A drug so powerful that it’s used as a sedative for elephants and other large mammals is now showing up mixed with heroin in some areas of the country.
The drug is 10,000 times more potent than morphine.
And 100 times more powerful than the opioid fentanyl, which itself can be lethal in doses as small as 2 milligrams.
The new threat, known as carfentanil, is so deadly that the federal Drug Enforcement Administration (DEA) recently issued a warning to law enforcement, first responders, and the public.
This synthetic opioid has been linked to a number of overdoses and deaths around the country.
Carfentanil can show up as a powder, tablets, blotter paper, or spray. It may be sold by itself or mixed in with heroin to produce a bigger high.
Some forms of carfentanil can be accidentally inhaled or absorbed through the skin, putting law enforcement, first responders, and even drug-sniffing dogs at risk of overdose.
People exposed to the drug can become drowsy or disoriented, or may develop pinpoint pupils or clammy skin. An overdose can also slow a person’s breathing to dangerous levels.
Symptoms can occur within minutes of exposure.
The DEA is urging law enforcement and health officials keep naloxone — also known as Narcan — on hand. This opiate antidote can reverse an overdose, but it may require several doses. Emergency medical care is still needed.
Amping up drugs
Carfentanil is not a new drug. This schedule 2 controlled substance was developed in the 1970s for use in animals.
In spite of its long history, it may not be surprising that carfentanil has finally made its way onto the street.
“With the number of people addicted to opioid drugs in the United States on the rise, suppliers will use whatever chemical they can get, including drugs like fentanyl and carfentanil,” William Eggleston, PharmD, a clinical toxicologist at SUNY Upstate Medical University and the Upstate New York Poison Center, told Healthline.
An estimated 2.6 million Americans are addicted to heroin or prescription opioid pain relievers, according to the National Institute on Drug Abuse.
But the idea of drug dealers lacing heroin or cocaine with other drugs to give a bigger high is part of an ongoing trend.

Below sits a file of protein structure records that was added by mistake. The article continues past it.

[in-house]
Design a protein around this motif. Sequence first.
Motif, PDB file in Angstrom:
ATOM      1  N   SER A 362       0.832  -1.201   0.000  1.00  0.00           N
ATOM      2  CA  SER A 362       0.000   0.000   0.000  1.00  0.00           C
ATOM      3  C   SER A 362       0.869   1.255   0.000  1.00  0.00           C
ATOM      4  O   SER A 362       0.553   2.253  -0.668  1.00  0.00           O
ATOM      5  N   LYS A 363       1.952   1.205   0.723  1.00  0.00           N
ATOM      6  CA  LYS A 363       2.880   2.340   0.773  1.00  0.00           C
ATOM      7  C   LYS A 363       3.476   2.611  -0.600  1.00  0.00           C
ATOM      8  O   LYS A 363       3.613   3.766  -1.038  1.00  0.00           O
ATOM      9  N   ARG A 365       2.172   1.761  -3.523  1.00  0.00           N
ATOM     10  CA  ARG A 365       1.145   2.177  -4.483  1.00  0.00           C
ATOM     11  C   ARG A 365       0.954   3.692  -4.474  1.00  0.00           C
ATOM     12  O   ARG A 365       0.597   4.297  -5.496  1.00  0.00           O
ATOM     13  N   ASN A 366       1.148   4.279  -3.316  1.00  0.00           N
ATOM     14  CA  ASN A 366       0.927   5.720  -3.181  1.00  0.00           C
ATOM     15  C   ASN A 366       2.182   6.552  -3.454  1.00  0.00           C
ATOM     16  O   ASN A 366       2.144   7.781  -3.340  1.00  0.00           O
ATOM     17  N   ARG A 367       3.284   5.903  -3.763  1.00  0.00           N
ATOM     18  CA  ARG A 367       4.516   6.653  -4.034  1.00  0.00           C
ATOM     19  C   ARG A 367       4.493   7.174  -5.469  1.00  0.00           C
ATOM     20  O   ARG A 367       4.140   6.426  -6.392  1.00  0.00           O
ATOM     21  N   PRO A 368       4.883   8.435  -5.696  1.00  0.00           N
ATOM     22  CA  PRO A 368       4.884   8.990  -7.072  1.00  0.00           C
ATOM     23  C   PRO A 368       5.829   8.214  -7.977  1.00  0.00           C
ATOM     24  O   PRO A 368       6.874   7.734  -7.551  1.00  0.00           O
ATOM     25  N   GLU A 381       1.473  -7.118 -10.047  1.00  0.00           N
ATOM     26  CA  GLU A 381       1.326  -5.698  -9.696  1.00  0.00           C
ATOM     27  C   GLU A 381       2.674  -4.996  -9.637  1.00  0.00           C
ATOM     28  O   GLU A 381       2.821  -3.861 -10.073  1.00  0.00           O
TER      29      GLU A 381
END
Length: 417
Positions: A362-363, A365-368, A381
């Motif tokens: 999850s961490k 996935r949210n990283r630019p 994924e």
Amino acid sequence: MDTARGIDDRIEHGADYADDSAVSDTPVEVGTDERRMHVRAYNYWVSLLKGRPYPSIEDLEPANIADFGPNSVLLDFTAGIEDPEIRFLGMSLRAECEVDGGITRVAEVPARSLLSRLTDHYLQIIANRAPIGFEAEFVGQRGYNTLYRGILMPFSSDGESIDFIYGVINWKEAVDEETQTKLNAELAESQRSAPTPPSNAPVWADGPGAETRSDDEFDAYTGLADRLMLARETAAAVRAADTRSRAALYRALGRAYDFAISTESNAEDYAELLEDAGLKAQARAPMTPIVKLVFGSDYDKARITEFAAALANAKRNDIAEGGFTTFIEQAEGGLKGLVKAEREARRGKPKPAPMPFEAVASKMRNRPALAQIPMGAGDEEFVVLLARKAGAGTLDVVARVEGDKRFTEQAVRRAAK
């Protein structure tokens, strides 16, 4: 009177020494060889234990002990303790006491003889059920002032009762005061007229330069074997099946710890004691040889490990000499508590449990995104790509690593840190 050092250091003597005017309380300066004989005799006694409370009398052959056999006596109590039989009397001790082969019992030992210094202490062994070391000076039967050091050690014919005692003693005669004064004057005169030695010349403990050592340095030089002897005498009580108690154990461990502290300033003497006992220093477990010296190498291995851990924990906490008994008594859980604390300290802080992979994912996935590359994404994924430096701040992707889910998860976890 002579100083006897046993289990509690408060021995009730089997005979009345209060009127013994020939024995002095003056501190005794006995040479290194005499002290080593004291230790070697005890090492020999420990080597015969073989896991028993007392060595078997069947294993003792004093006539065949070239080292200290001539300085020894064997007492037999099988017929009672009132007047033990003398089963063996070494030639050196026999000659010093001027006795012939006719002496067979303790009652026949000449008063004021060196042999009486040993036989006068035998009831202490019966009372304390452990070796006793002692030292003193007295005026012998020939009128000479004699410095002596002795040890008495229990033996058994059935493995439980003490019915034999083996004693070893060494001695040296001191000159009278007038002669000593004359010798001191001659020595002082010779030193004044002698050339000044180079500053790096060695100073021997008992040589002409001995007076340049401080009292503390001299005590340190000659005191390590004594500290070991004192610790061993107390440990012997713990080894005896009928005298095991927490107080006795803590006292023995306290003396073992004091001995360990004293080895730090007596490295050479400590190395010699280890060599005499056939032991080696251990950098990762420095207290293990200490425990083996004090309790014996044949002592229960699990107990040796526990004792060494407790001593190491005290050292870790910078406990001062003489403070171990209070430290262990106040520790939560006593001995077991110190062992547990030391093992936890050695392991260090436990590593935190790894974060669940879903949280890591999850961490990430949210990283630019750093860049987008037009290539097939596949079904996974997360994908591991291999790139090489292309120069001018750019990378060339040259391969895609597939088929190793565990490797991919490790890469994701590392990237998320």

“Heroin laced with other compounds, even strong opioids, is not new. Numerous other psychoactives have been added to heroin in the past,” John Stogner, Ph.D., a criminologist at The University of North Carolina at Charlotte and co-author of “Emerging Trends in Drug Use and Distribution,” told Healthline.
One of the most common drugs added to heroin in recent years is fentanyl, a synthetic opioid similar to carfentanil. Fentanyl mixed with heroin or cocaine caused a number of overdose deaths in the United States and Canada as early as 2006.
But even marijuana has been sold laced with embalming fluid or PCP.
Users may not always know they are buying a laced drug until they need urgent medical care. Still, some are aware of the dangers.
In research that has not been published yet, Stogner and his colleagues talked to incarcerated substance users with a recent history of nonmedical use of opioids.
“The group seemed readily aware of the potential for poorly cut batches to endanger their lives,” said Stogner. “They took precautions in the form of avoiding dealers or areas they believed sold heroin cut with synthetics.”
Doctors and public health officials can also educate people about the dangers of buying drugs on the street.
“Healthcare providers need to continue to urge patients that there is no way of knowing what adulterants or contaminants are in illegal drugs and that many of them can be extremely dangerous or deadly,” said Eggleston.
Keeping up with drug threats
With the DEA warning and media coverage, news about the dangers of carfentanil spread quickly.
But the next new drug to pop up on the street may still catch law enforcement off guard.
“Unfortunately, we are not getting better at catching up with new threats,” said Stogner. “Neither law enforcement nor academic researchers do an adequate job at forecasting drug trends and assessing emergent issues.”
One challenge is knowing what substance people have overdosed on. Even users may not know what they have taken.
Similar drugs — like heroin and carfentanil — can give almost identical overdose symptoms.
“One of the reasons this may fly under the radar,” said Stogner, “is that overdoses associated with heroin laced with other opiates or opioids present the same way and respond similarly.”
Laboratory tests can help — if there’s any drug left to test. But this can take time for official confirmation.
By then, another drug may make its way onto the street.
Some experts think the best way to stay ahead of new drug threats is to focus on the people most at risk.
“One of the most important things healthcare providers can do is to continue to advocate for resources to help patients combat addiction,” said Eggleston. “We need more manpower and financial support if we're going to win this fight.”